Participants from around the world gathered for the United Nations 65th Conference on The Status of Women, taking part in numerous sessions, with a great number looking at the impact of COVID-19 on women, youth and women of colour. Much attention has been given to the experiences of women in the public sector given large numbers of women in sectors like education and healthcare, but the experiences of women in the private sector hasn’t been in the spotlight, despite many workers in this sector being on the frontlines.
As part of a panel, “Done Waiting: Making Gains towards Economic Justice”, Ivana Saula, Research Director for Canada was invited to participate and share stories of women’s experiences in the private sector. “There’s certainly an interest in experiences of women in a domain where women are in the minority. Most participants and attendees were surprised that airport workers, which the IAM represents in large numbers, continued to work during the pandemic, and were on a different kind of frontline, without protections and pandemic pay other frontline workers received. So, the discussion generated a lot of interest,” said Saula.
Balancing work and family responsibilities, managing children’s online learning, looking after elderly or sick family members, and at times, making the difficult choice to leave employment either temporarily or permanently, are issues common to women across sectors, and even countries. These gaps, and disproportional burdens placed on women due to social structures, programs and policies that fail to acknowledge and support unpaid work, have set women back during the pandemic. While women’s employment declined, men’s employment increased. These issues are not unique to any sector, they are systemic.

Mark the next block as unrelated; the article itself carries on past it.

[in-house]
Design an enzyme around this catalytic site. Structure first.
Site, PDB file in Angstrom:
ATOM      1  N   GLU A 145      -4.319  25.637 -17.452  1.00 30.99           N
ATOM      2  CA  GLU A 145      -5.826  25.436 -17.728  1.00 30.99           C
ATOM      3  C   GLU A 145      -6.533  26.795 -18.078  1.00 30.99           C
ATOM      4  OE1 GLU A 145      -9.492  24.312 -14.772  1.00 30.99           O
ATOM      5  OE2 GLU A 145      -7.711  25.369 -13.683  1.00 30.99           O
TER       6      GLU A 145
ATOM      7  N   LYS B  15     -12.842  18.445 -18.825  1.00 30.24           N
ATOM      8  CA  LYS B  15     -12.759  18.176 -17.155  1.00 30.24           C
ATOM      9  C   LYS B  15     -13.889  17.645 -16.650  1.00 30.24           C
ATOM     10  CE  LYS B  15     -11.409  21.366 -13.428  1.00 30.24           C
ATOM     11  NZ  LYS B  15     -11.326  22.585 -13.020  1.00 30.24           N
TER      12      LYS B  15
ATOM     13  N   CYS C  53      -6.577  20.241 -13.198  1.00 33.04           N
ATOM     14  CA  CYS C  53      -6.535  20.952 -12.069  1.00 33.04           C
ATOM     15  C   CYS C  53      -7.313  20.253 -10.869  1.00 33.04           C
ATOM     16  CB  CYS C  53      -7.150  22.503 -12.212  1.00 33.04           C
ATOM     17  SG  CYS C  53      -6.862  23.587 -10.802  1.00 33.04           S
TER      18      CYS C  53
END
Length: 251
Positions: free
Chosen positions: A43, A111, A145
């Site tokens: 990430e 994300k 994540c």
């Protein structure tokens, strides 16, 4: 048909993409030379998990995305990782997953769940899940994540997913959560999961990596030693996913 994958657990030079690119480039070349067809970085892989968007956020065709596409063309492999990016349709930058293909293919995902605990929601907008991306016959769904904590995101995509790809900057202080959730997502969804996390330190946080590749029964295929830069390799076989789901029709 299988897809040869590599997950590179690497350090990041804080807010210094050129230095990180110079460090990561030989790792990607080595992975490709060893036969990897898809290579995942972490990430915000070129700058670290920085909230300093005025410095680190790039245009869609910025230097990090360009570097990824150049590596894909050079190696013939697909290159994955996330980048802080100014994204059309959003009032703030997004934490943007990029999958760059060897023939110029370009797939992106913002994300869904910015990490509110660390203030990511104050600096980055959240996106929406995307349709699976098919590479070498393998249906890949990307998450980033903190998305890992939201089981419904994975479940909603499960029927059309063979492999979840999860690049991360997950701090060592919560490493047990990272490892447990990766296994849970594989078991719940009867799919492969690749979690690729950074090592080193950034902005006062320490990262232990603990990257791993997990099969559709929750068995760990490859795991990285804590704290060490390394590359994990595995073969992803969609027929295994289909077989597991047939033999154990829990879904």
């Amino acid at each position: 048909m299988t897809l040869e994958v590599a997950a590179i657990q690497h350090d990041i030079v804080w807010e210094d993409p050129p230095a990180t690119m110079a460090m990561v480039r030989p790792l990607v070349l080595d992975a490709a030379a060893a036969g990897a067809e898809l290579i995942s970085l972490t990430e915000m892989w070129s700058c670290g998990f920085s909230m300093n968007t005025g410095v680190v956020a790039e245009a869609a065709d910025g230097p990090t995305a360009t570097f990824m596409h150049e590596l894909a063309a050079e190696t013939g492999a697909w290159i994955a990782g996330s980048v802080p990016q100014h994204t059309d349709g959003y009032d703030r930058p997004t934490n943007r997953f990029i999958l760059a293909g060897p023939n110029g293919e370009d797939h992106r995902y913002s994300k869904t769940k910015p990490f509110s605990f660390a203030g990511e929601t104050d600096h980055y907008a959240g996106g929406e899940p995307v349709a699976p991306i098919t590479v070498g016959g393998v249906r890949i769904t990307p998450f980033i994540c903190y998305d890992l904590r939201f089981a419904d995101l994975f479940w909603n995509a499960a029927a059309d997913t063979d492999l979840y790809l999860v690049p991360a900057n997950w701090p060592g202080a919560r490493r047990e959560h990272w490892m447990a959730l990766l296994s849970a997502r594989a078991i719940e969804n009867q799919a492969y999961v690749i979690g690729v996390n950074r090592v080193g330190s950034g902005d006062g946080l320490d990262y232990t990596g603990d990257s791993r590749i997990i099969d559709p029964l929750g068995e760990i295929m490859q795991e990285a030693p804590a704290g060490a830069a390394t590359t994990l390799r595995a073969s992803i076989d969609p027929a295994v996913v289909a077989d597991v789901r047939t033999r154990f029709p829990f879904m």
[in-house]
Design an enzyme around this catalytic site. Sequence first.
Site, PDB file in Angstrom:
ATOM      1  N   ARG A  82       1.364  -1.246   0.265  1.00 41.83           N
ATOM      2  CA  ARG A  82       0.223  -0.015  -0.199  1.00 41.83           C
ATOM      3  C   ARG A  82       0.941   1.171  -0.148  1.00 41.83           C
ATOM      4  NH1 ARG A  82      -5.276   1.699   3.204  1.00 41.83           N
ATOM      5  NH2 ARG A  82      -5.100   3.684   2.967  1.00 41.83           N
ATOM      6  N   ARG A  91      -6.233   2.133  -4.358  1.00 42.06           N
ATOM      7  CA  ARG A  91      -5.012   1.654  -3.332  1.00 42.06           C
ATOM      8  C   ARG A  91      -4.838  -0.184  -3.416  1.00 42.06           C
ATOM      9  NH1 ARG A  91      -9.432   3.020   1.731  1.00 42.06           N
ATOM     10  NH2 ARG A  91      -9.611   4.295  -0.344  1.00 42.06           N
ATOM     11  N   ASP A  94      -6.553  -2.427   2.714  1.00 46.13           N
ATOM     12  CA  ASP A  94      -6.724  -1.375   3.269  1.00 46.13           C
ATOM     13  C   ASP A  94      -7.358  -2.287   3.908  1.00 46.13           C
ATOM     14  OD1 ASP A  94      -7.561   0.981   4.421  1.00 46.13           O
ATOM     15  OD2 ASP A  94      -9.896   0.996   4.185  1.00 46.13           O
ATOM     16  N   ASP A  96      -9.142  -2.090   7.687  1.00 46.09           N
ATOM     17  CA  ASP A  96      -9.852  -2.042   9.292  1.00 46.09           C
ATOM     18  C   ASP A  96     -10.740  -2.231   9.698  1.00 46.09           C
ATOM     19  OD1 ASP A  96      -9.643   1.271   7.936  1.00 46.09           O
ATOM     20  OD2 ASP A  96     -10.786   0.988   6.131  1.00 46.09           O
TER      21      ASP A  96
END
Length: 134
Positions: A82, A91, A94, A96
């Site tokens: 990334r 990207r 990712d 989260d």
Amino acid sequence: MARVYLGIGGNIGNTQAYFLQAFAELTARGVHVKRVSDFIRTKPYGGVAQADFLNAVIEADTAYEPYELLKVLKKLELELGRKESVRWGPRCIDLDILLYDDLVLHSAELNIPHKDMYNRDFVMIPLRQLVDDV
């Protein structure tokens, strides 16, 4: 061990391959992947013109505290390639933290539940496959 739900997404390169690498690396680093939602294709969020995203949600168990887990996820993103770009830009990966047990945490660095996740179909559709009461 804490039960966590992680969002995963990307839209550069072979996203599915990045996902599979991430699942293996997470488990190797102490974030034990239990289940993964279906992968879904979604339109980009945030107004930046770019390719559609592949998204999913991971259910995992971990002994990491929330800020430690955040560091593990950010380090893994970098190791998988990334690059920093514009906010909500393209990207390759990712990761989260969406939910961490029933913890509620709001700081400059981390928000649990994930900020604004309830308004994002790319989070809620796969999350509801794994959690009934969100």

“Private sector workers in some cases did not receive pandemic pay, despite working on the frontlines, so one of the best protections, is a collective bargaining agreement. While it was important to address how collective agreements protect workers, if we’re looking at the situation from the perspective of women, young workers, and workers of colour, we also have to acknowledge the gaps,” said Saula. In the private sector where women, young workers, immigrants, and workers of colour are fairly new additions, despite the pillar of collective agreements, seniority can work against those workers. Workers with low seniority are more susceptible to a lay-off, but also wait longer to be recalled back to work. A lay-off almost always results in benefits being discontinued, which during a pandemic are critical.
On the other hand, women whose seniority protected them from a lay-off, were more likely to take an unpaid leave to look after their families during the pandemic, leaving them without benefits, and a break in pensionable service.
“It was a great panel to be on, not only because it was an opportunity to bring stories of our members to a global audience, but it was also an opportunity to recognize how common our challenges are and how important unity is in addressing systemic issues that disadvantage women,” commented Saula.
Common challenges were noted, with childcare being at the top of the list. There was also recognition that as members of civil society we must continue to ensure equal pay for equal work and that equal pay for work of equal value is respected in the workplaces – along with other protections. Perhaps most importantly, it is critical that women, young workers, workers of colour not only have a seat at the table, but that their voices are not silenced, but heard and valued.
Ivana Saula, IAM Canadian Research Director